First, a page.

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Comic Review: Batman #21

Batman #21 DC Comics Zero Year cover

Writer Scott Snyder and artist Greg Capullo take readers back to the New 52 Batman’s formative days in Batman #21, the first entry in the Zero Year arc for the Dark Knight.

Batman #21 goes back six years to set up a genuinely engaging take on Batman’s early days that centers on Bruce Wayne’s relationship not only with the criminals he hunts, but with the city of Gotham itself.

It also manages to avoid stepping in the same footprints of Frank Miller’s seminal Batman: Year One origin story, making for a fresh take overall.

Gotham has always been a palpable thing in Scott Snyder’s New 52 run on Batman, particularly in his early Court of Owls storyline. Batman #21 is a return to that perspective on the city, but this time Snyder tries to show what it is about Gotham that Bruce loves so much.

It’s a take on the character Batman fans haven’t seen before, and it’s made all the more intriguing by an opening sequence that appears to show a run-down Gotham where Batman is just starting to make a name for himself.

But let’s not get ahead of ourselves. While the Batsuit makes an early appearance, much of this issue is about Bruce Wayne. Bruce has just returned to Gotham City after years of training abroad, and he’s eager to begin his war on crime.

In this case, crime means the Red Hood gang and their mysterious leader (cough Joker cough), who was introduced in Batman #0 last October.

Joker’s not quite Joker yet, and Batman certainly isn’t Batman, but Scott Snyder has all the seeds for these characters in place.

The grin Capullo draws on Red Hood is particularly effective at alluding to his future identity.

Snyder writes Bruce Wayne’s early crimefighting days very much in the vein of the current Robert Downey Jr. Sherlock Holmes movies, complete with master disguises, daring escapes and good old fashioned detective work.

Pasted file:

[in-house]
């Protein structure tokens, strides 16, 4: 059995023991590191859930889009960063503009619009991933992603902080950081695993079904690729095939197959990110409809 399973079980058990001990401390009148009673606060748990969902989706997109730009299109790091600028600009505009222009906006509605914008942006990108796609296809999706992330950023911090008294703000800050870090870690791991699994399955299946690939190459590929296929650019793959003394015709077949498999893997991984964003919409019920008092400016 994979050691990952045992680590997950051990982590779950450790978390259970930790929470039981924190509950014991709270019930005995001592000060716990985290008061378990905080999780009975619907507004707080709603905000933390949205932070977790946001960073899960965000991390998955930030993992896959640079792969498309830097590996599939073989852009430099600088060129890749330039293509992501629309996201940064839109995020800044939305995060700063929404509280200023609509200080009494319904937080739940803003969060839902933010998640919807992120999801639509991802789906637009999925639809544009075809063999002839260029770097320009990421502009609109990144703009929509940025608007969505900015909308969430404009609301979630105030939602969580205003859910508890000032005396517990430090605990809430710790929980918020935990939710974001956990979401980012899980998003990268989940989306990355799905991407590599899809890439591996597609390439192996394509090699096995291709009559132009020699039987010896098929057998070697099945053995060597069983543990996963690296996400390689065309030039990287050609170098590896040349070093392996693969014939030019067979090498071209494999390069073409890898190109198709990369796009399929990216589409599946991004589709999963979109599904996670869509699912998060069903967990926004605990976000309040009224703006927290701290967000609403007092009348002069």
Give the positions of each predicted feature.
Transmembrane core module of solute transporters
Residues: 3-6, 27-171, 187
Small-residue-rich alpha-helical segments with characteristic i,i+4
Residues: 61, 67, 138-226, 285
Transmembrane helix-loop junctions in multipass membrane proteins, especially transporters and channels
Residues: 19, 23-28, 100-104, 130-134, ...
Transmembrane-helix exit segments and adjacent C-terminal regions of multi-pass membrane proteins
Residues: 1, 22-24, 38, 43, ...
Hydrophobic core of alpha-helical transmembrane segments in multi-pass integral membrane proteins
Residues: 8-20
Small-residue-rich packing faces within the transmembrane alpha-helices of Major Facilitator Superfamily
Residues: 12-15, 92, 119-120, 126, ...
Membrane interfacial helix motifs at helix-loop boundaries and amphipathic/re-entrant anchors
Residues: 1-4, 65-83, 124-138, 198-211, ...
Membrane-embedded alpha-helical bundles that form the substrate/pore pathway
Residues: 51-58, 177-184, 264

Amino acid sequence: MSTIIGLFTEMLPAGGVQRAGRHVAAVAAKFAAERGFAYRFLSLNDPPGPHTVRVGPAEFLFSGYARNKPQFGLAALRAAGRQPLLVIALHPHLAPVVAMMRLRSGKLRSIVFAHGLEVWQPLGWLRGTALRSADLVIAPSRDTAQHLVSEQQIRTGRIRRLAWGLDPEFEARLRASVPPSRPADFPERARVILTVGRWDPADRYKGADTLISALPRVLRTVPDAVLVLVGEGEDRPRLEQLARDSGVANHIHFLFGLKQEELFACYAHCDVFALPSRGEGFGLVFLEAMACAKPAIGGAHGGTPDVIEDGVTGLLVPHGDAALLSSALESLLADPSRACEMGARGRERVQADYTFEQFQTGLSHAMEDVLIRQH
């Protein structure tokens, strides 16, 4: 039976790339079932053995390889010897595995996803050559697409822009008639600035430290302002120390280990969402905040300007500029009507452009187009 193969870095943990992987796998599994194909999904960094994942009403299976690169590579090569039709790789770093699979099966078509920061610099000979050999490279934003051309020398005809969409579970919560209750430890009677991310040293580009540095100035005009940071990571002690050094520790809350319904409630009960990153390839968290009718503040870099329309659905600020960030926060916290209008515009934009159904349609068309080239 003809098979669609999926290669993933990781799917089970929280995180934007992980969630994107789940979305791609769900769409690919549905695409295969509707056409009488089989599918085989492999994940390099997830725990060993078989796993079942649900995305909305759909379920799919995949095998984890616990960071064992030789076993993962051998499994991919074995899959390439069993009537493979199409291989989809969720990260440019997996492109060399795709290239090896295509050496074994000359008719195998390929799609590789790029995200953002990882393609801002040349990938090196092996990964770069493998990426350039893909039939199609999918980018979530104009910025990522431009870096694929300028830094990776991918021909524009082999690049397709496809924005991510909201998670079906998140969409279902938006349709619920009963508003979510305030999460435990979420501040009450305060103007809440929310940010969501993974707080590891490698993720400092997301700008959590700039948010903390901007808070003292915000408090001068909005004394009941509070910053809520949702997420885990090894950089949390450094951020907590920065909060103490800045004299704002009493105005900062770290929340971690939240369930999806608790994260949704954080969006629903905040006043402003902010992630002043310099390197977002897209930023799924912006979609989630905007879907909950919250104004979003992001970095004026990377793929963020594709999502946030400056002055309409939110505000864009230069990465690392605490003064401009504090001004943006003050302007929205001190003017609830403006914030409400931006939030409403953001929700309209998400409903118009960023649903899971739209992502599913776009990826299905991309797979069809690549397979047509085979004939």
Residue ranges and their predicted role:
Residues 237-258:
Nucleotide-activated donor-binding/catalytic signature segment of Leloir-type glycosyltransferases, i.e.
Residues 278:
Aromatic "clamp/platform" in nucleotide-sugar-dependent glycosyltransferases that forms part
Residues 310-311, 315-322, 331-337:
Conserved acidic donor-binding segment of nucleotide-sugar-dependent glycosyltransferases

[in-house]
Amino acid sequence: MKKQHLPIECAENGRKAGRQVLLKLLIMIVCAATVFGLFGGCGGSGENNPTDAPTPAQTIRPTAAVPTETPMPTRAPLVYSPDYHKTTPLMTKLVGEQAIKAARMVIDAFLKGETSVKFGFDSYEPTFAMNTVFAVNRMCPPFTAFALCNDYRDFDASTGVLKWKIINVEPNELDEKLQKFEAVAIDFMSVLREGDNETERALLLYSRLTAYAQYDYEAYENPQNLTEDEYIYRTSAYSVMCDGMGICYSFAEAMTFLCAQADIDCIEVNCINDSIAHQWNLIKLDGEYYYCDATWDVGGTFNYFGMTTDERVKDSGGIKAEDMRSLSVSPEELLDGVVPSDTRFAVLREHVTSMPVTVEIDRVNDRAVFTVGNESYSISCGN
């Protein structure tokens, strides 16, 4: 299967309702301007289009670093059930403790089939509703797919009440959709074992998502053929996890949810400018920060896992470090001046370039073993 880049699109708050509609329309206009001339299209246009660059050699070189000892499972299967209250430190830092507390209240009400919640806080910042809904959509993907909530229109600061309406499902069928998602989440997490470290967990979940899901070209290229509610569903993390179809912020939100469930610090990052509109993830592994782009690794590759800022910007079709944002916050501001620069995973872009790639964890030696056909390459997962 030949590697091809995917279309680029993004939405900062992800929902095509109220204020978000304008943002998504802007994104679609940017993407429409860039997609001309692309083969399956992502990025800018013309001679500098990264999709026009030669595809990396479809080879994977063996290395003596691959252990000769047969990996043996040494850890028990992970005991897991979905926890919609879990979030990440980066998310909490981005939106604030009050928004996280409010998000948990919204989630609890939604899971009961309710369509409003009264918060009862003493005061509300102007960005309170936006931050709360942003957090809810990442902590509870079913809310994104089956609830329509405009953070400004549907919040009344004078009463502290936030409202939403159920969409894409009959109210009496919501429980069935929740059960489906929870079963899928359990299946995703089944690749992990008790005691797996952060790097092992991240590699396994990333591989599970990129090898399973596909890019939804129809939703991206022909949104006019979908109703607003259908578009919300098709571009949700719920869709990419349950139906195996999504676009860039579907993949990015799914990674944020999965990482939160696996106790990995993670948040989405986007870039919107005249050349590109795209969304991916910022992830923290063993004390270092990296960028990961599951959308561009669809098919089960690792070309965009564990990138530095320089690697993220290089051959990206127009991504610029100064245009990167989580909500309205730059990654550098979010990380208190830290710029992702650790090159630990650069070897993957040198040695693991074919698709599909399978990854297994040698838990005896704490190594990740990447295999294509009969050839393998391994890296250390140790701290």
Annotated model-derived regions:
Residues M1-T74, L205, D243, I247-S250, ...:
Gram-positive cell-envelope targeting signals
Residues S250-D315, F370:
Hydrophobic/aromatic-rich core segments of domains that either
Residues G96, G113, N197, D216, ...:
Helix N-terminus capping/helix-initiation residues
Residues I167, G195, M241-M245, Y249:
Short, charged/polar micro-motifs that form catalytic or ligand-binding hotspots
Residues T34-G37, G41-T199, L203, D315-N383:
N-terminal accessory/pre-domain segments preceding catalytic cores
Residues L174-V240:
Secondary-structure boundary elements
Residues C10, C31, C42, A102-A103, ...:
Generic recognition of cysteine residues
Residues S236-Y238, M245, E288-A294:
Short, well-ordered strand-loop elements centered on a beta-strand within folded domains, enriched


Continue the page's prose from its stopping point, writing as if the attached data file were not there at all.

But while Bruce fights the Red Hood gang as a master of disguise, he’s also gathering his arsenal of gadgets and struggling to decide how to pick up a civilian life that he’s not sure he needs.

All the groundwork is there for Batman, and the fun is going to be seeing how Snyder assembles the pieces.

Snyder is effective in his use of flashbacks, particularly when he leaps back to Bruce’s childhood for a conversation between papa Wayne and little Bruce that leads – ultimately – to a certain formative cave on the Wayne grounds.

Greg Capullo’s work is especially effective in his portrayal of Bruce Wayne. Capullo manages to capture the jawline and the bright eyes of Bruce at age 25 and age 10 so that it really does feel like you’re looking at the same character at different points in his life. Capullo’s facial work is excellent, and while there’s only one action sequence to draw, he renders it well.

The Red Hood gang is the center of Bruce’s world in this origin story, but the Riddler also makes his appearance before the end.

Scott Snyder and Greg Capullo lay out new questions about Batman’s origin with Batman #21: Zero Year, but they also appear to have an origin of sorts in mind for the birth of Batman’s Gotham City.

Where the Riddler fits into that city will be the real question.

9 out of 10

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